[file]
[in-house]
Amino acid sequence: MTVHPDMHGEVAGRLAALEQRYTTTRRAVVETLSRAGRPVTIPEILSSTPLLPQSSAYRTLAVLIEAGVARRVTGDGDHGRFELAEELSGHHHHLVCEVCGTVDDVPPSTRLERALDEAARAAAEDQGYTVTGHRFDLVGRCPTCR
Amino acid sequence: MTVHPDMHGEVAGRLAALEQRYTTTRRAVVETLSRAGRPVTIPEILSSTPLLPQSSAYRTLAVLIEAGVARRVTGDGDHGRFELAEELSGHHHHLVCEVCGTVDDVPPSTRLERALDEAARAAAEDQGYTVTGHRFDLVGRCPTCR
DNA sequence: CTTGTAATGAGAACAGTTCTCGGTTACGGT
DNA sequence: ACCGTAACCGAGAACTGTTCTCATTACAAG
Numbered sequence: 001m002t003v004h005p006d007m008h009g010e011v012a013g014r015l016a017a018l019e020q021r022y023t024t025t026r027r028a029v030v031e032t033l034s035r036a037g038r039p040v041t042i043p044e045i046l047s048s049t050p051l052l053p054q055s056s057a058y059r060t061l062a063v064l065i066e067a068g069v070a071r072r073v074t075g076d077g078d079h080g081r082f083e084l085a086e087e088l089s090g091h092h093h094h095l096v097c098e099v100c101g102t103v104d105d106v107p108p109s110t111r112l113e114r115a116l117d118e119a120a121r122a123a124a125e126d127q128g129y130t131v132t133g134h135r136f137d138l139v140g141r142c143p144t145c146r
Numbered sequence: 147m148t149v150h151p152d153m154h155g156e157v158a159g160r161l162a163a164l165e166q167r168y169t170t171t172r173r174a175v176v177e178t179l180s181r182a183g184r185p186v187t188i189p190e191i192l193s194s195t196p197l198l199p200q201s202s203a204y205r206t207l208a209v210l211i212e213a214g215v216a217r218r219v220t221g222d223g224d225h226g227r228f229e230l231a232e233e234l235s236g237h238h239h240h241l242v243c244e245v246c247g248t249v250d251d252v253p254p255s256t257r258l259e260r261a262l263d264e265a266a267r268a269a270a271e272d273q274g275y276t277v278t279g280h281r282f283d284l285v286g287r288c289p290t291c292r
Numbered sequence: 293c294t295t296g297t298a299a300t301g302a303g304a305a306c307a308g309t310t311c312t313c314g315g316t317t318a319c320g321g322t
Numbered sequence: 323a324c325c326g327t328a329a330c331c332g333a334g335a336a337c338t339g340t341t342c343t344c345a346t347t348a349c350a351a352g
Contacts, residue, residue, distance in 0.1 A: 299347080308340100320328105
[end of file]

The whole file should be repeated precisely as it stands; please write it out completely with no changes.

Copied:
[in-house]
Amino acid sequence: MTVHPDMHGEVAGRLAALEQRYTTTRRAVVETLSRAGRPVTIPEILSSTPLLPQSSAYRTLAVLIEAGVARRVTGDGDHGRFELAEELSGHHHHLVCEVCGTVDDVPPSTRLERALDEAARAAAEDQGYTVTGHRFDLVGRCPTCR
Amino acid sequence: MTVHPDMHGEVAGRLAALEQRYTTTRRAVVETLSRAGRPVTIPEILSSTPLLPQSSAYRTLAVLIEAGVARRVTGDGDHGRFELAEELSGHHHHLVCEVCGTVDDVPPSTRLERALDEAARAAAEDQGYTVTGHRFDLVGRCPTCR
DNA sequence: CTTGTAATGAGAACAGTTCTCGGTTACGGT
DNA sequence: ACCGTAACCGAGAACTGTTCTCATTACAAG
Numbered sequence: 001m002t003v004h005p006d007m008h009g010e011v012a013g014r015l016a017a018l019e020q021r022y023t024t025t026r027r028a029v030v031e032t033l034s035r036a037g038r039p040v041t042i043p044e045i046l047s048s049t050p051l052l053p054q055s056s057a058y059r060t061l062a063v064l065i066e067a068g069v070a071r072r073v074t075g076d077g078d079h080g081r082f083e084l085a086e087e088l089s090g091h092h093h094h095l096v097c098e099v100c101g102t103v104d105d106v107p108p109s110t111r112l113e114r115a116l117d118e119a120a121r122a123a124a125e126d127q128g129y130t131v132t133g134h135r136f137d138l139v140g141r142c143p144t145c146r
Numbered sequence: 147m148t149v150h151p152d153m154h155g156e157v158a159g160r161l162a163a164l165e166q167r168y169t170t171t172r173r174a175v176v177e178t179l180s181r182a183g184r185p186v187t188i189p190e191i192l193s194s195t196p197l198l199p200q201s202s203a204y205r206t207l208a209v210l211i212e213a214g215v216a217r218r219v220t221g222d223g224d225h226g227r228f229e230l231a232e233e234l235s236g237h238h239h240h241l242v243c244e245v246c247g248t249v250d251d252v253p254p255s256t257r258l259e260r261a262l263d264e265a266a267r268a269a270a271e272d273q274g275y276t277v278t279g280h281r282f283d284l285v286g287r288c289p290t291c292r
Numbered sequence: 293c294t295t296g297t298a299a300t301g302a303g304a305a306c307a308g309t310t311c312t313c314g315g316t317t318a319c320g321g322t
Numbered sequence: 323a324c325c326g327t328a329a330c331c332g333a334g335a336a337c338t339g340t341t342c343t344c345a346t347t348a349c350a351a352g
Contacts, residue, residue, distance in 0.1 A: 299347080308340100320328105